Giya Kancheli – EXIL

Giya Kancheli – EXIL

Date: July 23/ 8 pm Šiauliai Church of Saint Ignatius of Loyola

July 23/ 8 pm

Šiauliai Church of Saint Ignatius of Loyola


Giya Kancheli – EXIL

Asta Krikščiūnaitė (soprano), Audronė Kisieliūtė (synthesizer), Darius Dikšaitis (violin), Gediminas Dačinskas (viola), Tomas Ramančiūnas (cello), Valentinas Gelgotas (flute), Donatas Bagurskas (double bass)



The singer Asta Krikščiūnaitė (soprano) and a chamber ensemble are inviting music enthusiasts to an exceptional music evening in commemoration of the composer Giya Kancheli, who passed away in 2019.

The Georgian composer Giya Kancheli (1935-2019) was born and studied in Tbilisi (Sakartvelo). In the Soviet period, he emigrated to Belgium. His music – just like the music of numerous other composers of the former Soviet Union – came to light in the West only in the 1990s. His works are full of narratives of grief, fear, loneliness and protest, nostalgia and innocence. Yet his personal credo could be best illustrated in his own words, “…Music – just like life itself – is inconceivable without romanticism. Romanticism is an ultimate dream of the past, the present and the future; invincible power of beauty that lifts higher and conquers the forces of ignorance, fanaticism, violence and evil.”    

Kancheli’s attempts to acclimatise to a foreign country and his exile were manifested through a new type of compositions that the composer referred to as prayers. Those are works for a small or medium instrumental ensemble enshrouded by the vocal aura. Exil highlights certain hitherto unseen tendencies. The piece consists of several songs or solo cantatas. The number of instruments is reduced to several string parts and a flute (alto and bass, alternately). Exil also employs with moderation a synthesiser and excerpts of audio recordings. Here, the vocals play a really important role. They convey the text reflecting the spiritual condition of a person in exile. The lyrics were written in the German language encompassing Psalm 23 of the Old Testament, three poems by Paul Celan, and one poem by Hans Sahl. Celan and Sahl are Jewish authors who wrote in German. They personally underwent what is referred to as exile in the 20th century and spoke about the experience in their works. To Giya Kancheli they were like elder brothers of a similar fate.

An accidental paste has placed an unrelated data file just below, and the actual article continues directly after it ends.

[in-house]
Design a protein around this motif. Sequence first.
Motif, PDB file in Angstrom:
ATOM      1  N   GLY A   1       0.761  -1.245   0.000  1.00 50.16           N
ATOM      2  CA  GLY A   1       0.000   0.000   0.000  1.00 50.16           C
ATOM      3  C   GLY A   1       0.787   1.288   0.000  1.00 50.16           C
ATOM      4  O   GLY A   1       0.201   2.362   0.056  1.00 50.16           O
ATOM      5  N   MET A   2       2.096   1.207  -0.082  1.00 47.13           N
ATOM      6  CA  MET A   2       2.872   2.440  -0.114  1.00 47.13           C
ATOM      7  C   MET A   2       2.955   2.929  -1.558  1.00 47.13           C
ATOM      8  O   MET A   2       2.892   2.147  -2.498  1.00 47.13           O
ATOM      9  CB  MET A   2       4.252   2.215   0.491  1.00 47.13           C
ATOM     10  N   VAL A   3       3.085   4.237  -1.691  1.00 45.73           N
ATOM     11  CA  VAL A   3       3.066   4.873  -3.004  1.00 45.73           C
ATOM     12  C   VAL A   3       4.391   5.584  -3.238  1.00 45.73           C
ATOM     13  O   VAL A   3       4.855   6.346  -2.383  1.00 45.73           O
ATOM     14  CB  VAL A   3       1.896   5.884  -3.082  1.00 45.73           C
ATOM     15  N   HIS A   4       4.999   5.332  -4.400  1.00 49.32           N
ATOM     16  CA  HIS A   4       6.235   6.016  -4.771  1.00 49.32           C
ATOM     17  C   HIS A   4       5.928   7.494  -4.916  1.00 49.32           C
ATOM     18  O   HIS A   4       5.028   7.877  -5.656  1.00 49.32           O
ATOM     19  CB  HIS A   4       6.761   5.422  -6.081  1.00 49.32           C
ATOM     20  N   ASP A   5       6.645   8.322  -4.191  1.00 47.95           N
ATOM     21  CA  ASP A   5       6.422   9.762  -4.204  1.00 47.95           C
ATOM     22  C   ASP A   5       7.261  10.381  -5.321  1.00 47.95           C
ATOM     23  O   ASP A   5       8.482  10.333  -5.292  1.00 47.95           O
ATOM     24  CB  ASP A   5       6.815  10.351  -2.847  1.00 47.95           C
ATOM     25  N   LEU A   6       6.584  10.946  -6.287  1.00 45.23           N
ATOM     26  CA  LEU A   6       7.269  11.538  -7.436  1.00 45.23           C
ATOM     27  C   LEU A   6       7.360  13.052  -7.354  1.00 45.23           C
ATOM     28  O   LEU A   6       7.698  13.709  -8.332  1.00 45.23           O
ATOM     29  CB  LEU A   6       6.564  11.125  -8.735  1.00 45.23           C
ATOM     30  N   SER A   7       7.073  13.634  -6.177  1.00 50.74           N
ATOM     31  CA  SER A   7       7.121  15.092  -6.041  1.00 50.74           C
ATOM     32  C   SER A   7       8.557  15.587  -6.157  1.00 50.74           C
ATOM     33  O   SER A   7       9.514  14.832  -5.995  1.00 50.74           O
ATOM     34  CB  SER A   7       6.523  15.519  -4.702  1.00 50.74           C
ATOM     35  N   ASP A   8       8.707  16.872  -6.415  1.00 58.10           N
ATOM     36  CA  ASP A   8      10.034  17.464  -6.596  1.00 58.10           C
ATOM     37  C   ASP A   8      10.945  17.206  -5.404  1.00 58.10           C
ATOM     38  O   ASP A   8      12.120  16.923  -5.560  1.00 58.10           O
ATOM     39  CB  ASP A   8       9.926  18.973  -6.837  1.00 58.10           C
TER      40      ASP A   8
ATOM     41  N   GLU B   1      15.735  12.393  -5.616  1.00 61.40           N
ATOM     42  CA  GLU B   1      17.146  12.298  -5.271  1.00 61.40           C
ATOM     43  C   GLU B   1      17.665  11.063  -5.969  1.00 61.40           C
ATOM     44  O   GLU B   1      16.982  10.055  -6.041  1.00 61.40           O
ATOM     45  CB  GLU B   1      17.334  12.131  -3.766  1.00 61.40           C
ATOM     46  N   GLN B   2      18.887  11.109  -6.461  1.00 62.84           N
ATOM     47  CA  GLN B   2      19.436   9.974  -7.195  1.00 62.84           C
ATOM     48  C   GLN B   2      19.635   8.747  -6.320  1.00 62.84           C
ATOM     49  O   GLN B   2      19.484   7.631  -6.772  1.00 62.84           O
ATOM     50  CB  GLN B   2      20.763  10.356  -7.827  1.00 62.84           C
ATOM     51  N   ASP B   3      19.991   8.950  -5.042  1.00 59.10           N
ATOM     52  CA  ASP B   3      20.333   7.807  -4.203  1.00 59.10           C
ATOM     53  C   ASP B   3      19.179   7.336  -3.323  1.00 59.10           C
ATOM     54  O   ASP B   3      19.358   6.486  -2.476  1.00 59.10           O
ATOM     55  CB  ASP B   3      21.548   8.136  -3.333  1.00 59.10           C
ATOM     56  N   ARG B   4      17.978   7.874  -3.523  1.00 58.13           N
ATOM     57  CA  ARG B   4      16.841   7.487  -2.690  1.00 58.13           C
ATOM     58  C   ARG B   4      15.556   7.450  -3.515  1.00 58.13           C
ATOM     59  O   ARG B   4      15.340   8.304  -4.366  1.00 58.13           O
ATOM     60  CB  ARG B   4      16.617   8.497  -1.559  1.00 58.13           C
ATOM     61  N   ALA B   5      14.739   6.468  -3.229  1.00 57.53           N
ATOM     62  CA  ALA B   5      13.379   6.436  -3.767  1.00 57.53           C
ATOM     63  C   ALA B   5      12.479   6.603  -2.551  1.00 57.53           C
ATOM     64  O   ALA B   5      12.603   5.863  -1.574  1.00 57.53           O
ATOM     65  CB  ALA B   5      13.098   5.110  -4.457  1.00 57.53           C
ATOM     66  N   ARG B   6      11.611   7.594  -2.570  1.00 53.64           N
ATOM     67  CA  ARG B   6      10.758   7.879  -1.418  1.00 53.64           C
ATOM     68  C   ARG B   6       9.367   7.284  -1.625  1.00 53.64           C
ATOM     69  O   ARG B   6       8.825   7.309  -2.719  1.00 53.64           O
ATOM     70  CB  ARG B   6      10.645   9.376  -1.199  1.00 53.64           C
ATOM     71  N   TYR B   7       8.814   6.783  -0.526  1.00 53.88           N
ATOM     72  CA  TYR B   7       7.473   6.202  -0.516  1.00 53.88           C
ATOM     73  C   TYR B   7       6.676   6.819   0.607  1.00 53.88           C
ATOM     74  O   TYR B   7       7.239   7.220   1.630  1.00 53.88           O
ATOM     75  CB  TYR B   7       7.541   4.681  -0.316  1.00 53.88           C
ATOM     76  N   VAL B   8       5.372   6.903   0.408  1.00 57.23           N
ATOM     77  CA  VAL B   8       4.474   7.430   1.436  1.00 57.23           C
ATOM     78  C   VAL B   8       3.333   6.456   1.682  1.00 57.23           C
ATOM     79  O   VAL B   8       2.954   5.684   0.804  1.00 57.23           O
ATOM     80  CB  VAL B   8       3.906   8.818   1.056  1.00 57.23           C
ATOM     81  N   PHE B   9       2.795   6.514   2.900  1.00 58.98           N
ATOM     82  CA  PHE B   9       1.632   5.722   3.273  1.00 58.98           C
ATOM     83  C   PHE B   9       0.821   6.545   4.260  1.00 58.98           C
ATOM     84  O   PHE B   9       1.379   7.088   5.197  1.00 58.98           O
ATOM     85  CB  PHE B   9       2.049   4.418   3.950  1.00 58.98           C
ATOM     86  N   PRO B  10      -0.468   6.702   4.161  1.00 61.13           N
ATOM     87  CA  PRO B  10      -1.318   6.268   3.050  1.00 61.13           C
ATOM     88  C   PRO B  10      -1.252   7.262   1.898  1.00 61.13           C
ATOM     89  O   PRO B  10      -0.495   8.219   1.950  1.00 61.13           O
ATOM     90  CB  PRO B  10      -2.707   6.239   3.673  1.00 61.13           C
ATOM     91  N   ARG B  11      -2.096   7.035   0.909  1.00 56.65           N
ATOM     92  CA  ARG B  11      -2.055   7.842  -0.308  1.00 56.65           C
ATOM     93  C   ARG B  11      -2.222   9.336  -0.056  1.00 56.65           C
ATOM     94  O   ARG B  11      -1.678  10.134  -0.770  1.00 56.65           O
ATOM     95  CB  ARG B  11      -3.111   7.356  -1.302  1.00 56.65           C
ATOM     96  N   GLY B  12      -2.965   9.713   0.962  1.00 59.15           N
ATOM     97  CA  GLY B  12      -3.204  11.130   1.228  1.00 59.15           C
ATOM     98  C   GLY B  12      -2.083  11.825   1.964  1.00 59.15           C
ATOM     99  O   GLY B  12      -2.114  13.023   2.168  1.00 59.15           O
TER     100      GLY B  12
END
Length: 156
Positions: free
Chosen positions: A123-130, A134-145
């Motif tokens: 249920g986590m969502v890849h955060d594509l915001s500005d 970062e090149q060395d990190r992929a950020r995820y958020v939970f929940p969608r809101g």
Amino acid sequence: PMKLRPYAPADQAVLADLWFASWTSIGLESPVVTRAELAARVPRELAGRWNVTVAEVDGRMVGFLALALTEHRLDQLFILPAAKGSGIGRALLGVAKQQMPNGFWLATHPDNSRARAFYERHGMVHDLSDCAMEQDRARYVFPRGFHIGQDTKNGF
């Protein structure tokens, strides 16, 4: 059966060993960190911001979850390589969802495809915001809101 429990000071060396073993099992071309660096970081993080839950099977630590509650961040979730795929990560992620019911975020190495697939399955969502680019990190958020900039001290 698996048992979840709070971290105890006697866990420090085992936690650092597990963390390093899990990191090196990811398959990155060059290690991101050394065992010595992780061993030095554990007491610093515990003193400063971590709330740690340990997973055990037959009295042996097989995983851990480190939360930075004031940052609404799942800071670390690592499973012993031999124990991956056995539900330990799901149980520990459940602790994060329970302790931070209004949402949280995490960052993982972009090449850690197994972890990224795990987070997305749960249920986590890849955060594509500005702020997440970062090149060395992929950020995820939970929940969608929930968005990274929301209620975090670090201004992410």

Critics observed that Kancheli’s extraordinary musical sounds came into being out of his silence. Actually, the composer himself once said that he was most fascinated with, “mysterious silence occurring right before the emergence of a tone.” One of the most distinct features of his music is the employment of silence as a tool of enhancing the audience’s impressions and responses.  

The composition Exil is highly dear to the soloist Asta Krikščiūnaitė since the singer knew the composer personally. It is Kancheli himself who over a decade ago suggested that Krikščiūnaitė perform his composition Exil. At that time, Exil was first presented in Lithuania on the stage of the Lithuanian National Philharmonic Society.